Mathematicians report a way to optimize post-stroke therapy
RUDN scientists have created a mathematical model describing changes in the properties of brain tissues after stroke. The development will help clinicians to optimize post-stroke therapy by stimulating brain neurons and taking into account each patient's individual situation. The results of the study were published in Mathematical Biosciences.
Over 15 million people have strokes each year. A stroke is an acute blood circulation failure in the brain that kills neural cells. Patients who suffer a stroke often face partial or total speech loss, and find it difficult to move their limbs or the whole body. One rehabilitation method after a stroke is cerebral cortex stimulation with brain-implanted electrodes or magnetic impulses. The success of the therapy depends on many factors, including the area of the brain that is stimulated and the types of signals used. Currently, optimal therapy parameters are selected manually. RUDN mathematicians have created a theoretical model to base such selection on exact calculations.
"Our task was to develop a theoretical model describing how the speed of a nervous impact propagation (i.e. the excitation of the tissue) fades down due to post-stroke damage to the cerebral cortex. Moreover, we demonstrated that in certain cases electric stimulation of the brain may compensate for this process," said Vitaly Volpert, the author of the article, and the head of the laboratory of mathematical modeling in biomedicine at RUDN.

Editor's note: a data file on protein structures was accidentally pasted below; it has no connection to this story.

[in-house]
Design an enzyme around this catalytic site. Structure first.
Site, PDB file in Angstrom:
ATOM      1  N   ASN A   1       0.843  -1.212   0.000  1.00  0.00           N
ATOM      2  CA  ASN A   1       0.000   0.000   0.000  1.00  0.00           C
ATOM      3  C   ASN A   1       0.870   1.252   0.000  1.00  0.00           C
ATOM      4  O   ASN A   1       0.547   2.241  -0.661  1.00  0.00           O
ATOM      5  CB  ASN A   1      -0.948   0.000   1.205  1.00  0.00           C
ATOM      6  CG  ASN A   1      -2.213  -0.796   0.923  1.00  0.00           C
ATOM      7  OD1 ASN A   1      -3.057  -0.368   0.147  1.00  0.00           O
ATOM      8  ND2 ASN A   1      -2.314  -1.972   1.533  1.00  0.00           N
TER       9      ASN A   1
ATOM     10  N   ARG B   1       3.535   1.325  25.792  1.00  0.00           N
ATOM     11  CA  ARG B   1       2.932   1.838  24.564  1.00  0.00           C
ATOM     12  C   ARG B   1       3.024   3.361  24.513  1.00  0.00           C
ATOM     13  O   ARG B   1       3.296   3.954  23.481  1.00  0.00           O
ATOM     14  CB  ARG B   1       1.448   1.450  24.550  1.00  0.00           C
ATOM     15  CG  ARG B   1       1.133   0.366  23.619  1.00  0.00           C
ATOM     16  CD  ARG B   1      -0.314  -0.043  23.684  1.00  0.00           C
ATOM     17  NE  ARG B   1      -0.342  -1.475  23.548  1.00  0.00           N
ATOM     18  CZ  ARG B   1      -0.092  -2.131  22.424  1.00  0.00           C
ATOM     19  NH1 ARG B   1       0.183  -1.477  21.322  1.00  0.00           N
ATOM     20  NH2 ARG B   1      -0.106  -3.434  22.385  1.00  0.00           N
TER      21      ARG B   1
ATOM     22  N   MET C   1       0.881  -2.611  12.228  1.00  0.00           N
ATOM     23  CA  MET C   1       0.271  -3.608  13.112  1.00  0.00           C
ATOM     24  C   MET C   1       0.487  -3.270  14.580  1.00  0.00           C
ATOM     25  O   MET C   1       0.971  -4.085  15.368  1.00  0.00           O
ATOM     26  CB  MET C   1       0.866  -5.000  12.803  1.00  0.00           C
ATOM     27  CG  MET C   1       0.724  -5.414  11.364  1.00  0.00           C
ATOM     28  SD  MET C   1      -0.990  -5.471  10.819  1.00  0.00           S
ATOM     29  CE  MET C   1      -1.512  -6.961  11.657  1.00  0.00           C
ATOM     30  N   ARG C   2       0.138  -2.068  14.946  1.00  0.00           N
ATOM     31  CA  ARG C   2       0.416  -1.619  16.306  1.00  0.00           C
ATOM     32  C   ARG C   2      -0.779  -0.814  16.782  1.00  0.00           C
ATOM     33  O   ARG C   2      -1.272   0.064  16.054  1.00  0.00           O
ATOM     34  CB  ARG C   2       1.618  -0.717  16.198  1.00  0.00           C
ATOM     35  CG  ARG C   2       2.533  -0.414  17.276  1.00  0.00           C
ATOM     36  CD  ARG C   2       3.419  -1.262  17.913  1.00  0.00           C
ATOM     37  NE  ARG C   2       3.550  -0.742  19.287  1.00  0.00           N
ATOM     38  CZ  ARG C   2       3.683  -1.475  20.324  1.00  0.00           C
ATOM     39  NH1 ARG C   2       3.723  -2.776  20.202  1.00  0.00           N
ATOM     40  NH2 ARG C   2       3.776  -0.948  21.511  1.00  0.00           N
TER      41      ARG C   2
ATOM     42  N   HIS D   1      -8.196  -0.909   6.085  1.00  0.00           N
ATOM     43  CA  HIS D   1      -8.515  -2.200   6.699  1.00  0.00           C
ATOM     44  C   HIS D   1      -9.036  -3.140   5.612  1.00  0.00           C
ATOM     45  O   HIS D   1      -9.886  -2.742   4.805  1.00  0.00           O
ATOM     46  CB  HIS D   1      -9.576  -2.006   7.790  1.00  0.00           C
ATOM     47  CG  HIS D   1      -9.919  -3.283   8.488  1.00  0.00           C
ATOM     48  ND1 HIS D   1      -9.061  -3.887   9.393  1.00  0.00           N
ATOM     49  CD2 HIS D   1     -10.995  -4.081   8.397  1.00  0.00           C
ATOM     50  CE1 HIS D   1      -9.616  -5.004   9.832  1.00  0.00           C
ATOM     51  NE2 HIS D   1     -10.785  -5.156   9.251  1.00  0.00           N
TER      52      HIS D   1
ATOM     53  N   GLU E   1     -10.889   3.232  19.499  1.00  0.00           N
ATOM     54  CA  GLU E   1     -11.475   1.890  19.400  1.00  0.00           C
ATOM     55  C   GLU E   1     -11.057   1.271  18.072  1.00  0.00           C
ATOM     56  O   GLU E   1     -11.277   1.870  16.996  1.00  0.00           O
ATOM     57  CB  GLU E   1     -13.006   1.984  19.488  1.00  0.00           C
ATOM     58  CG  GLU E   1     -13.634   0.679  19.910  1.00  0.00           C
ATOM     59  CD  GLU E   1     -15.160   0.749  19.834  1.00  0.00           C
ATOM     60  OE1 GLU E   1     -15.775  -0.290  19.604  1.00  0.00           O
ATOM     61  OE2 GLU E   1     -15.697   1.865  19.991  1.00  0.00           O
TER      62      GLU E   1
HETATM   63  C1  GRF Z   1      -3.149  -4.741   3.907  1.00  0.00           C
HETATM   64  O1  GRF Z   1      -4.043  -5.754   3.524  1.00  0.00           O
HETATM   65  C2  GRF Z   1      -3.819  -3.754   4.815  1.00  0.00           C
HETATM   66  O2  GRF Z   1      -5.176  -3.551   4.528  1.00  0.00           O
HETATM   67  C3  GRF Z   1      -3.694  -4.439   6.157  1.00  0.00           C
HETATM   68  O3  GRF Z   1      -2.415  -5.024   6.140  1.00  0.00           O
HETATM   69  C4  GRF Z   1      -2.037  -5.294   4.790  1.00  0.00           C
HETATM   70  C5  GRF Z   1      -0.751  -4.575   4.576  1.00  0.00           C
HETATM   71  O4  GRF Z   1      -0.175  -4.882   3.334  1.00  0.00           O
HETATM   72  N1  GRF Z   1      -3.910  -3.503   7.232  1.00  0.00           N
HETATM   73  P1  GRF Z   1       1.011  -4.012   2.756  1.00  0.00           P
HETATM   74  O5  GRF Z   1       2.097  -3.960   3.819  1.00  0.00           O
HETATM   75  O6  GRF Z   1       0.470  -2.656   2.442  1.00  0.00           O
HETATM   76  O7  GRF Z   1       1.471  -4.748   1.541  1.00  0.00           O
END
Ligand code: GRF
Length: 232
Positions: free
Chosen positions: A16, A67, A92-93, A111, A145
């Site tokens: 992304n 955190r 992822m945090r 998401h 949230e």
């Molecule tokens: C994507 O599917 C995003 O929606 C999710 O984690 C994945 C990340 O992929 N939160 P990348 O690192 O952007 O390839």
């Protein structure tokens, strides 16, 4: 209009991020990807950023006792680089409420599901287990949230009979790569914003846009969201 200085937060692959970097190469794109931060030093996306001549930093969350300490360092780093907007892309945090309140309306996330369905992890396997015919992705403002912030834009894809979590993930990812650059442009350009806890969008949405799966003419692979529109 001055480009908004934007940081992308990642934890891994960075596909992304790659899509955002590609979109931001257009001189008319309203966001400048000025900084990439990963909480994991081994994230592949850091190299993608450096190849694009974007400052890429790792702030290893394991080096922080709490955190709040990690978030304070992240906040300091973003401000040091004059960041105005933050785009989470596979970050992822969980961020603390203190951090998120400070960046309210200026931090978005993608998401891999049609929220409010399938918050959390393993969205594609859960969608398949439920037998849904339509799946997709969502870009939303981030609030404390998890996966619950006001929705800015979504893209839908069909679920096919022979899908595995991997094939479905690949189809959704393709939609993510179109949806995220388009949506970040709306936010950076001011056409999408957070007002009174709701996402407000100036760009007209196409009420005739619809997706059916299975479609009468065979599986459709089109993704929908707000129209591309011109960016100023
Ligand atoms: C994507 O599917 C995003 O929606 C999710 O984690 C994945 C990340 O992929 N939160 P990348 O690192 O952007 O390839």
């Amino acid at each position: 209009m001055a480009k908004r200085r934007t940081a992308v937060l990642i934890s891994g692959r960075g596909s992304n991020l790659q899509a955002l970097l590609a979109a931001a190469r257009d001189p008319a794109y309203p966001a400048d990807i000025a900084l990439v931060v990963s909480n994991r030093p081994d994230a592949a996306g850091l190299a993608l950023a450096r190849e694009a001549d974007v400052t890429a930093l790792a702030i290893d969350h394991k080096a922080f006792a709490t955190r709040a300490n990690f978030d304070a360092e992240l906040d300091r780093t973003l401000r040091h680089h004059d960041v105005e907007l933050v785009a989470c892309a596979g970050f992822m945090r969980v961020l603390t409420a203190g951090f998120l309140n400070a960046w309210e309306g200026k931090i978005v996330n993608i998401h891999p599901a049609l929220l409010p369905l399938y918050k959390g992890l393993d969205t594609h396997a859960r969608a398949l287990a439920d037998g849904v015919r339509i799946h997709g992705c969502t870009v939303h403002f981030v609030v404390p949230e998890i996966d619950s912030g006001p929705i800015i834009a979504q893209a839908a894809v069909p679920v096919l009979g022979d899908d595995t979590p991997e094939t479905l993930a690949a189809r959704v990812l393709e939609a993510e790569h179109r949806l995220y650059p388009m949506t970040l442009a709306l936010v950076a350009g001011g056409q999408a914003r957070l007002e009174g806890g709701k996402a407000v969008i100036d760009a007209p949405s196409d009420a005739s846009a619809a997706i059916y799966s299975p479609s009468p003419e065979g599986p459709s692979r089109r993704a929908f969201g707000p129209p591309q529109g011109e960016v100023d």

After a stroke, a so-called penumbra forms in the brain. It is an area where the blood supply is reduced compared to requirements for normal functioning, but which is still higher than the critical level after which an irreversible change occurs. Penumbra cells become less excitable and lose connection with other neurons, leading to changes in the shape and speed of the excitation wave. RUDN mathematicians calculated the conditions at which the speed of neural impulses may be restored to normal levels with the help of external stimulation.
The model is based on the continual nerve tissue theory. The idea is that the cerebral cortex tissue is presented as a thin, flat surface. This assumption can be made due to high density of neurons (around 100,000 per 1 mm2) and the thickness of the cortex, which amounts to only 2.5 mm.
When developing the model, RUDN mathematicians introduced the so-called connection function. It shows that two points on the surface of the cerebral cortex are connected depending on the distance between them. The electric potential at each point is expressed as an indeterminate function depending on the time and the coordinates of the point. For this function, the scientists wrote the main integro-differential equation of the model. Its main parameters include the neurons' excitation threshold (a minimal amount of energy required to "irritate" a neuron) and the amplitude of excitation. When a brain is electrically stimulated, these two parameters are affected. Therefore, clinicians need to find out how the solution changes with different equation parameters. The authors studied the equation and deduced a number of conditions (mathematical equations and inequations). When they are met, external cerebral cortex stimulation may fully compensate for the consequences of a stroke.
"The suggested model is built in view of recent mathematical calculations, cutting-edge technologies, and data on brain properties. Using our development, doctors can tailor cerebral cortex stimulation to each patient's needs, i.e. make post-stroke therapy consistent with personalized medicine standards," added Vitaly Volpert.